Johns Hopkins Magazine -- November 1999
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The Early Years: An Uphill Climb

Decades before the undergraduate body became coed at Hopkins, in 1970, women were striving to make their marks across the university:

1874: Two years before Hopkins officially opens, university trustees ask other university presidents their opinions on coeducation. Harvard's president, Charles William Eliot, responds that coeducation is "a thoroughly wrong idea which is rapidly disappearing." Hopkins's first president, Daniel Coit Gilman (pictured at right), concurs; he declares that he favors the higher education of women--but at separate institutions.

The Women's Fund Committee provided funding for a coeducational School of Medicine
1877: Martha Carey Thomas, daughter of trustee James Carey Thomas, applies to take graduate studies in Greek. Emily Nunn applies for admission to biology lectures. The trustees refuse these requests, although women are permitted to attend public and special lectures. Thomas persists, and is eventually enrolled as a candidate for the AM degree, allowed to take exams and receive guidance from faculty but barred from attending classes. She withdraws after a year and later completes her PhD (summa cum laude) at the University of Zurich. She helps to found Bryn Mawr College in 1885 and later becomes its second president.

1878: The trustees permit Christine Ladd to attend lectures without being enrolled. Ladd earns her doctorate in mathematics in 1882, but Hopkins refuses to award it to her. She becomes the first woman in the Faculty of Philosophy (Arts & Sciences), and is a lecturer from 1904 to 1909. In subsequent years, Ladd-Franklin (her married name) contributes significant theories to the field of logic and color vision. Hopkins finally awards her a doctorate in 1926.
1893: Geologist Florence Bascom earns a doctorate in geology, becoming the first woman to receive a degree from Hopkins.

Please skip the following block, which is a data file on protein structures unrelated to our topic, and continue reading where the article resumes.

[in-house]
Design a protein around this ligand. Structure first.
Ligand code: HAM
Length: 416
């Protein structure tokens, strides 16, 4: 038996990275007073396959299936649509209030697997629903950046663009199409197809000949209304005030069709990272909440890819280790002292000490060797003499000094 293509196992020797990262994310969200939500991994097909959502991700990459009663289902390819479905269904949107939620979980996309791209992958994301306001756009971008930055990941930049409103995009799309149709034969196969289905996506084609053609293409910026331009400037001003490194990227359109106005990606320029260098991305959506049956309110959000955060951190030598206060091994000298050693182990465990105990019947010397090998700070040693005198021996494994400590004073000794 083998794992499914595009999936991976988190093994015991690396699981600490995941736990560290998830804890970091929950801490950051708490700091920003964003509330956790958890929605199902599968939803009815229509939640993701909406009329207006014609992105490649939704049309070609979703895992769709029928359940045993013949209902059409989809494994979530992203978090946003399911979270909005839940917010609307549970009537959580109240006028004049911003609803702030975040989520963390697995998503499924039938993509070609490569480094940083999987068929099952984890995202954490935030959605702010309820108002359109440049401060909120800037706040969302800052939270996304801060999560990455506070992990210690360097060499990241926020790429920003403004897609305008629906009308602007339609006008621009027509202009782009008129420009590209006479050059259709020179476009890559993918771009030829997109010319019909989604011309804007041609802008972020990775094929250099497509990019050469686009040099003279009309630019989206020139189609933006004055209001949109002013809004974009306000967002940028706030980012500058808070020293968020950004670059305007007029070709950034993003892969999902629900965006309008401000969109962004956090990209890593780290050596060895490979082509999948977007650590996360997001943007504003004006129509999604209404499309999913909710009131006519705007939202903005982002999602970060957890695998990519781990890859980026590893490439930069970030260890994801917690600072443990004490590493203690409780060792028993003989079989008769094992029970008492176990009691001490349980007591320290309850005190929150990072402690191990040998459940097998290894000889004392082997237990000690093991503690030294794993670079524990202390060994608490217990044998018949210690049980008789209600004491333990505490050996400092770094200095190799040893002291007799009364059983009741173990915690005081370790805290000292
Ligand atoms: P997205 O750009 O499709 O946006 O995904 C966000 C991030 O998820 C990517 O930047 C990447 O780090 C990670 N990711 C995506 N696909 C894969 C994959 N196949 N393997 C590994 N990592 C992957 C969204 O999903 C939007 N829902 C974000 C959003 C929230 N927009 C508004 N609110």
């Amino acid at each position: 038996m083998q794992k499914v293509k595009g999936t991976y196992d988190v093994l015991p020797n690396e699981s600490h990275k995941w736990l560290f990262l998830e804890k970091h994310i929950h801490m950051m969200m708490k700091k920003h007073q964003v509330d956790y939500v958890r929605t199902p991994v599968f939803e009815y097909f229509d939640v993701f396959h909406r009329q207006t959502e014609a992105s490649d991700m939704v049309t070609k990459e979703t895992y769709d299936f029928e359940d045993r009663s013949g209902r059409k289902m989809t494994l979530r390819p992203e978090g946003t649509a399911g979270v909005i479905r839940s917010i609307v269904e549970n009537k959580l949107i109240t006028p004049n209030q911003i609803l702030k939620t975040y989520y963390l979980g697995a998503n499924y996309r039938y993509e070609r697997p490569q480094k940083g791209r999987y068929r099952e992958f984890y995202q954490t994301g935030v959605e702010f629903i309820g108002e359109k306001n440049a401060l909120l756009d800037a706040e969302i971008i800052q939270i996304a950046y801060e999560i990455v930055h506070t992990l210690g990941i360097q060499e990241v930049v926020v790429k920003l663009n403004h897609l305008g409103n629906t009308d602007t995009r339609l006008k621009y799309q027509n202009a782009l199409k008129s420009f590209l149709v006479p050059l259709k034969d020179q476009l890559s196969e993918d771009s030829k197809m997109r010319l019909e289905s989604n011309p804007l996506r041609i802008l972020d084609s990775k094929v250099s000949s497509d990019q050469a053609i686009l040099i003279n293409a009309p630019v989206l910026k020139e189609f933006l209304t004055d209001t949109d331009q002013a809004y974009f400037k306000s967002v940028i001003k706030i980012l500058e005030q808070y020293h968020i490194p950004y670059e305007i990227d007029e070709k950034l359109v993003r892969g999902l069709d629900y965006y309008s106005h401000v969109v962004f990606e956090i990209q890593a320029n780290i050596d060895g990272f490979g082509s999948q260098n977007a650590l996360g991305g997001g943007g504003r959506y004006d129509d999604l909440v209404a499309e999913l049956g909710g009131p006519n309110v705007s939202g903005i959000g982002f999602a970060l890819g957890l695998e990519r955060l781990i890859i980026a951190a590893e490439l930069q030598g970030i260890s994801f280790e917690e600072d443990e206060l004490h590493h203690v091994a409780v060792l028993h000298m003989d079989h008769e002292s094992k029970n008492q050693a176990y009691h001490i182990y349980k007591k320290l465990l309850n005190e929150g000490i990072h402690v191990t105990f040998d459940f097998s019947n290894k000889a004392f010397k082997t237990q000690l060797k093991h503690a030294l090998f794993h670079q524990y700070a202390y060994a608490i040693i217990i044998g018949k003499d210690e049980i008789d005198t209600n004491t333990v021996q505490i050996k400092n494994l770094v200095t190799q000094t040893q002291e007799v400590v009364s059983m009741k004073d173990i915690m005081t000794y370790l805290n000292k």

Picture at right: Women were admitted to non-credit courses as early as 1877. Here, a geology field trip in Green Spring Valley, April 22, 1899.
1893: The first class of medical students, which includes three women, enters the Johns Hopkins School of Medicine. The school's benefactors, the Women's Fund Committee, had arranged to raise funds to establish the school, provided women were admitted under the same terms as men.

1897-1902: Gertrude Stein studies at the School of Medicine.

Picture at left: Soon after admission to graduate programs in 1907, women became a familiar sight in labs and libraries.
April 1, 1907: The trustees vote to allow the admission of female graduate students.

March 4, 1924: Florence E. Bamberger becomes the first woman in the Faculty of Philosophy (Arts and Sciences) to be appointed full professor.

1930: Maria Goeppert Mayer, who would later share the 1963 Nobel Prize in physics, arrives at Hopkins with her husband, Joseph Mayer, who is appointed to the chemistry department. Nepotism rules forbid Maria Mayer from attaining a faculty position. She is granted an assistantship.

1932: Rachel Carson (pictured at right) earns a master's degree in biology. Her later books, The Sea Around Us (1951) and Silent Spring (1962), help start the environmental movement.

November 10, 1969: The board of trustees resolves to admit women undergraduates.

1970: A few local women enter Hopkins in the spring. In September, 90 women enroll.

Source for photos and text: Includes Women at the Johns Hopkins University: A History, by Julia B. Morgan '76 (JHU Press, 1986).